Background: Small cell lung cancer (SCLC) is a deadly, high grade neuroendocrine (NE) tumor without recognized morphologic heterogeneity. However, over 30 years ago we described a SCLC subtype with "variant" morphology which did not express some NE markers and exhibited more aggressive growth. Methods: To quantitate NE properties of SCLCs, we developed a 50-gene expression-based NE score that could be applied to human SCLC tumors and cell lines, and genetically engineered mouse (GEM) models...
February 2018: Translational Lung Cancer Research
Yan Ting Shue, Jing Shan Lim, Julien Sage
Small cell lung carcinoma (SCLC) is a fast-growing, highly metastatic form of lung cancer. A major difference between SCLC and other forms of lung cancer is that SCLC tumors often respond well to chemotherapy initially; unfortunately, resistant tumors rapidly recur. In addition, despite a large number of clinical trials with a variety of therapeutic agents, little progress has been achieved in the past three decades in improving the survival of SCLC patients. These clinical observations indicate that SCLC tumors have a high degree of plasticity and rapid adaptability to changes in growth conditions...
February 2018: Translational Lung Cancer Research
Julien Daubriac, Shiwei Han, Jelena Grahovac, Eve Smith, Abdel Hosein, Marguerite Buchanan, Mark Basik, Yves Boucher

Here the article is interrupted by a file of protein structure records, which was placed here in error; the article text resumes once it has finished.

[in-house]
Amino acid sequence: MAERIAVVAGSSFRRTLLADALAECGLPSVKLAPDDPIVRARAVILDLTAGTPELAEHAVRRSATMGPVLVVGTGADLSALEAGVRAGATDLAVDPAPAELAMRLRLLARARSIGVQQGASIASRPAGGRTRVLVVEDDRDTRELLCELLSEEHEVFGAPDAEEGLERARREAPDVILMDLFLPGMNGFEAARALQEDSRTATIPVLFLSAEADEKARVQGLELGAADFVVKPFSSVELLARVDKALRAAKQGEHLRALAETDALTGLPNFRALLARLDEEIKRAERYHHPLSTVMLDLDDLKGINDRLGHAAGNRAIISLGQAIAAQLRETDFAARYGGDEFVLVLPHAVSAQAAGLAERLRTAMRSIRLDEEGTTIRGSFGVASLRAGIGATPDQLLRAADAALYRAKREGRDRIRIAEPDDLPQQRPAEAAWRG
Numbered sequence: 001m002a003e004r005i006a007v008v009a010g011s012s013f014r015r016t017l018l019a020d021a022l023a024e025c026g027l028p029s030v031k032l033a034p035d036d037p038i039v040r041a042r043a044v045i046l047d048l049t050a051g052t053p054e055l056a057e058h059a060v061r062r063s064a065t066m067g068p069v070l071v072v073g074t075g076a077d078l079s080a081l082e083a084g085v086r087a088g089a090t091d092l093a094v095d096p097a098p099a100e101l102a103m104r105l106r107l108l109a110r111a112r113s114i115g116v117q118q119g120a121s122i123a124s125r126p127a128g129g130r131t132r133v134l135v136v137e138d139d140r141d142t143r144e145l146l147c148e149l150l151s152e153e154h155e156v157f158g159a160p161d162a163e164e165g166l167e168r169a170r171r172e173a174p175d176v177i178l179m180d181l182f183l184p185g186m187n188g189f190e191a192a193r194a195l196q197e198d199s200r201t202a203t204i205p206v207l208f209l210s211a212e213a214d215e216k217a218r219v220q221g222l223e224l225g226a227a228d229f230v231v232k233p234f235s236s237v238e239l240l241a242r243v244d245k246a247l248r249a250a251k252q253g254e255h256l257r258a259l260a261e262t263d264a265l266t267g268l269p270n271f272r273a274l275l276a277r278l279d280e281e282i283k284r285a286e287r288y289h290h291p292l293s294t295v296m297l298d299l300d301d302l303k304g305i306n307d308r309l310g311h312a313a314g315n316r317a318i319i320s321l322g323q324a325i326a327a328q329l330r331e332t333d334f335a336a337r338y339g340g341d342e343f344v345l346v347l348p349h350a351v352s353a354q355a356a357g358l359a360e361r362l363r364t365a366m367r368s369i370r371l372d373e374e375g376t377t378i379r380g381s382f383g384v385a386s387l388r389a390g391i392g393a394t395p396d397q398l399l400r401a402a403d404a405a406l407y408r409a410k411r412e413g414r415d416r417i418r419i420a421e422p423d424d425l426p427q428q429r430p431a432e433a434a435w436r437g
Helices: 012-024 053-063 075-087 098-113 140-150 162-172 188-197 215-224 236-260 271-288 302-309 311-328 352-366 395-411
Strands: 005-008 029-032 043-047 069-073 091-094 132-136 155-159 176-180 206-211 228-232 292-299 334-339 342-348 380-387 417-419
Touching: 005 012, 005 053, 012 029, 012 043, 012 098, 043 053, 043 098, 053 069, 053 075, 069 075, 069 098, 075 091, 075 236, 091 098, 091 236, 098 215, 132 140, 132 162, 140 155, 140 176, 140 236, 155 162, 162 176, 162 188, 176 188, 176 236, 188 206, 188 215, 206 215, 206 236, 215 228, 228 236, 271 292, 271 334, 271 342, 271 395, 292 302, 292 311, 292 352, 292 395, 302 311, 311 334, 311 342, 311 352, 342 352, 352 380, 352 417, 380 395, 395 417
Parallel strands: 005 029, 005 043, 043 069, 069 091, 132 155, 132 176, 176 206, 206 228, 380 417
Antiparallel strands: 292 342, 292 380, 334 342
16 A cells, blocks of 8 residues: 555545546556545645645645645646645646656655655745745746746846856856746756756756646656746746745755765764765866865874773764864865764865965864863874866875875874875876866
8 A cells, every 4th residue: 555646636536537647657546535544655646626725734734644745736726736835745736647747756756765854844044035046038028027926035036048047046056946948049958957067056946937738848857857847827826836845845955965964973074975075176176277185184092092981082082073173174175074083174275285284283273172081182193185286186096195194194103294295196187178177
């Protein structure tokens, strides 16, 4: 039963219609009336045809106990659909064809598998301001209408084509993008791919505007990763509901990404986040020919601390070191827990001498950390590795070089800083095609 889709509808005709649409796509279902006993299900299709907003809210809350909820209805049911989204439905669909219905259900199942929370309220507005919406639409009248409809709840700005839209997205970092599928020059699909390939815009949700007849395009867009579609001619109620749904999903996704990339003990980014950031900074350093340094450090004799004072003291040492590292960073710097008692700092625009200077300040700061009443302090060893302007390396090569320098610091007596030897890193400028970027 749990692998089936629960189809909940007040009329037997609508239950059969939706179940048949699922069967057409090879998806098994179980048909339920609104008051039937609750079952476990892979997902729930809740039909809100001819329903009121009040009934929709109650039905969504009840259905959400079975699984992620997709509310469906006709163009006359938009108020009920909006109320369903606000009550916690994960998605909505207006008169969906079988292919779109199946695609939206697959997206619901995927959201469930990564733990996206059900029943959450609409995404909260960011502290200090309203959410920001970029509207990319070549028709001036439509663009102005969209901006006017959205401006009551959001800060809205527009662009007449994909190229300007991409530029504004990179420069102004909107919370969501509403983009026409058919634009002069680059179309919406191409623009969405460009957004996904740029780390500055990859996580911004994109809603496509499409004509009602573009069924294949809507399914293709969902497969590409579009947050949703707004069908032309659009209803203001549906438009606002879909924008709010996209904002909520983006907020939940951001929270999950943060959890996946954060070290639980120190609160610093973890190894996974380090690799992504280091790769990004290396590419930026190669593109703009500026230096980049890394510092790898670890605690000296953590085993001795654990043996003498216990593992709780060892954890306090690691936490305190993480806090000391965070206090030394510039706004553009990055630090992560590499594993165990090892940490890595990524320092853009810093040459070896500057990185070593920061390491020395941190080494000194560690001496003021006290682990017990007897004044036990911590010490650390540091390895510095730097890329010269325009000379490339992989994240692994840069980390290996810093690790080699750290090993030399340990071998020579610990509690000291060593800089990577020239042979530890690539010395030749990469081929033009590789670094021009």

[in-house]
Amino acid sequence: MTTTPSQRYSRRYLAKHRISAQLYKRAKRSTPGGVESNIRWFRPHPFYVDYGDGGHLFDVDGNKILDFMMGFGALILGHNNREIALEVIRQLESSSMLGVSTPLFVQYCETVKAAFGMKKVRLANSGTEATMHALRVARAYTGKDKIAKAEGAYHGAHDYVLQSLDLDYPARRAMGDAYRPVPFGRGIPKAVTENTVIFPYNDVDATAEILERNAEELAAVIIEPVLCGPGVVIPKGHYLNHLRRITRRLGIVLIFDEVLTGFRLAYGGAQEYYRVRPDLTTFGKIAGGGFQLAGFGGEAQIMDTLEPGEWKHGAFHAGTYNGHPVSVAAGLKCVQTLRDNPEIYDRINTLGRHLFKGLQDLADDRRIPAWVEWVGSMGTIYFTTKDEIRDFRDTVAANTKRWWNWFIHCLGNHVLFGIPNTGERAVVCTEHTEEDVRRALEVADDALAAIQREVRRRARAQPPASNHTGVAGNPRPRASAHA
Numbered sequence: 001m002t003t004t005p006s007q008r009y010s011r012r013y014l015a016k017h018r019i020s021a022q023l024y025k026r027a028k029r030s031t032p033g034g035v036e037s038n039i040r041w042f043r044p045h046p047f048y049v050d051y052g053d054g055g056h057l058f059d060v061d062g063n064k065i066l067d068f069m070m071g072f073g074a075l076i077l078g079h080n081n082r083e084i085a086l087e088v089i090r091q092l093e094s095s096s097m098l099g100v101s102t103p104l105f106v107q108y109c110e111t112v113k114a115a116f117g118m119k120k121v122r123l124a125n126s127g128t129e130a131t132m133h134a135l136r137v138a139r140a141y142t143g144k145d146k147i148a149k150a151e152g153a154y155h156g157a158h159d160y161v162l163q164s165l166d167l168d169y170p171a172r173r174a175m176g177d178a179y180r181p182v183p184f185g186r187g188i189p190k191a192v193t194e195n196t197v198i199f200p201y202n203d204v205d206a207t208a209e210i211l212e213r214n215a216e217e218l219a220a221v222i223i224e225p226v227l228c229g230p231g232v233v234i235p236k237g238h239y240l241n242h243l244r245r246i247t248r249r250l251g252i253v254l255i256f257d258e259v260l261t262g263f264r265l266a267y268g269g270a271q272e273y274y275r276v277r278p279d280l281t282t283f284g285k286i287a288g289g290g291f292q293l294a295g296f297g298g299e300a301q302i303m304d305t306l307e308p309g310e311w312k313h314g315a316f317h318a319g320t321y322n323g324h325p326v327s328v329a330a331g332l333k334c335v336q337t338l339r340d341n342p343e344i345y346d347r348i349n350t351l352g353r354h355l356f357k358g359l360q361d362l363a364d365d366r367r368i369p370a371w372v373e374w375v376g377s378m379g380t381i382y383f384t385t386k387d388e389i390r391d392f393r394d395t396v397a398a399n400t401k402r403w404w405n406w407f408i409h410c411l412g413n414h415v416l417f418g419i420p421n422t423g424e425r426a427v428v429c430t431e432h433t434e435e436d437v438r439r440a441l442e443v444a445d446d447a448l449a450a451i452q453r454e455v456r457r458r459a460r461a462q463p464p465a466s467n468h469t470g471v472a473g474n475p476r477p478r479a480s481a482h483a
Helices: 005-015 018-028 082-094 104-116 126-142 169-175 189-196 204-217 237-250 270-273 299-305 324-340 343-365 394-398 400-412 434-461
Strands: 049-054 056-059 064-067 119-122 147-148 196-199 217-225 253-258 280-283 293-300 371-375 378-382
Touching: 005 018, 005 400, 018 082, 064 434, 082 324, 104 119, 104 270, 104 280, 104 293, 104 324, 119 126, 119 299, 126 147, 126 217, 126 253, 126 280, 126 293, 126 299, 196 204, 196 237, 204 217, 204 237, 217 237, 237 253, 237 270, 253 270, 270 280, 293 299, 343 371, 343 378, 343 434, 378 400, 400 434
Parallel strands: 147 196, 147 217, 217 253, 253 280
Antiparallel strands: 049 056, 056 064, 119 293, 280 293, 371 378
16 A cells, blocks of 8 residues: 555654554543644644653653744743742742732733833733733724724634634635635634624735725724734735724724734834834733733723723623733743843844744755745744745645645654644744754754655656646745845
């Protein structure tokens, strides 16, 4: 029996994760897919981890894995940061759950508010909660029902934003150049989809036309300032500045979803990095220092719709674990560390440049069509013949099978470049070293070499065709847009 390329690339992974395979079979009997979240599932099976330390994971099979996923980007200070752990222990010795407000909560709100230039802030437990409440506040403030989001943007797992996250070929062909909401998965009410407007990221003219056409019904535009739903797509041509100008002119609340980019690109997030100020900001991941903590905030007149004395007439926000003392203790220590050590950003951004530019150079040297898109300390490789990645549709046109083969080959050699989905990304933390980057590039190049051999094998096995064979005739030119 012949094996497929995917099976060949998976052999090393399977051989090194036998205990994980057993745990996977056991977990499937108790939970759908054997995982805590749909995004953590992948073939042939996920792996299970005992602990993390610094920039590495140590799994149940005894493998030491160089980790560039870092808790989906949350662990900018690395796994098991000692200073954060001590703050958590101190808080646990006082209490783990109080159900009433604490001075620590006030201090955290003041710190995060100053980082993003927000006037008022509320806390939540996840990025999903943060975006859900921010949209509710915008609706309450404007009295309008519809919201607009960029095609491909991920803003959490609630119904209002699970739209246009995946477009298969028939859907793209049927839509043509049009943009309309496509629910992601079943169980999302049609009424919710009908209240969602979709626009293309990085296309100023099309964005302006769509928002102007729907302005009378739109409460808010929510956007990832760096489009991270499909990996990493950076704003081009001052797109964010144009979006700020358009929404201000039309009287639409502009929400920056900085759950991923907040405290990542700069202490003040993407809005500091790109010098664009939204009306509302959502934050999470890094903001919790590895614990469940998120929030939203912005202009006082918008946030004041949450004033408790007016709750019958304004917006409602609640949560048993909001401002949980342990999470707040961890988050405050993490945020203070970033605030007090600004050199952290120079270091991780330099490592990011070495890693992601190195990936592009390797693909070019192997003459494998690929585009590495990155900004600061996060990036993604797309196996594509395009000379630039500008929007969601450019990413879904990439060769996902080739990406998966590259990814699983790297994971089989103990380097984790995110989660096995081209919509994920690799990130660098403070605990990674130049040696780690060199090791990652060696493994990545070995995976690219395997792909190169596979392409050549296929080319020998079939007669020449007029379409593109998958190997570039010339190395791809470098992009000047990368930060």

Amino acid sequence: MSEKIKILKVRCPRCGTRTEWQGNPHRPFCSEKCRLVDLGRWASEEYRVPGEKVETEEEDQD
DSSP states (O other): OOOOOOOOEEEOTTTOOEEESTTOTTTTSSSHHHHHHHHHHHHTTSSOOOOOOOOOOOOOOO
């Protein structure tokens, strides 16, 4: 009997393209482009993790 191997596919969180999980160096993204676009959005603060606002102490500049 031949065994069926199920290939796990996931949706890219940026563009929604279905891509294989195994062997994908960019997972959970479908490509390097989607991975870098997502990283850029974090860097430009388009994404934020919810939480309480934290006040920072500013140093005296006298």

Carcinoma-associated fibroblasts (CAFs) can remodel the extracellular matrix to promote cancer cell invasion, but the paracrine signaling between CAFs and cancer cells that regulates tumor cell migration remains to be identified. To determine how the interaction between CAFs and cancer cells modulates the invasiveness of cancer cells, we developed a 3-dimensional co-culture model composed of breast cancer (BC) MDA-MB-231 cell spheroids embedded in a collagen gel with and without CAFs. We found that the crosstalk between CAFs and cancer cells promotes invasion by stimulating the scattering of MDA-MB-231 cells, which was dependent on RhoA/ROCK/phospho MLC signaling in cancer cells but independent of RhoA in CAFs...
February 13, 2018: Oncotarget
Megan A Schilling, Robab Katani, Sahar Memari, Meredith Cavanaugh, Joram Buza, Jessica Radzio-Basu, Fulgence N Mpenda, Melissa S Deist, Susan J Lamont, Vivek Kapur
Traditional approaches to assess the immune response of chickens to infection are through animal trials, which are expensive, require enhanced biosecurity, compromise welfare, and are frequently influenced by confounding variables. Since the chicken embryo becomes immunocompetent prior to hatch, we here characterized the transcriptional response of selected innate immune genes to Newcastle disease virus (NDV) infection in chicken embryos at days 10, 14, and 18 of embryonic development. The results suggest that the innate immune response 72 h after challenge of 18-day chicken embryo is both consistent and robust...
2018: Frontiers in Genetics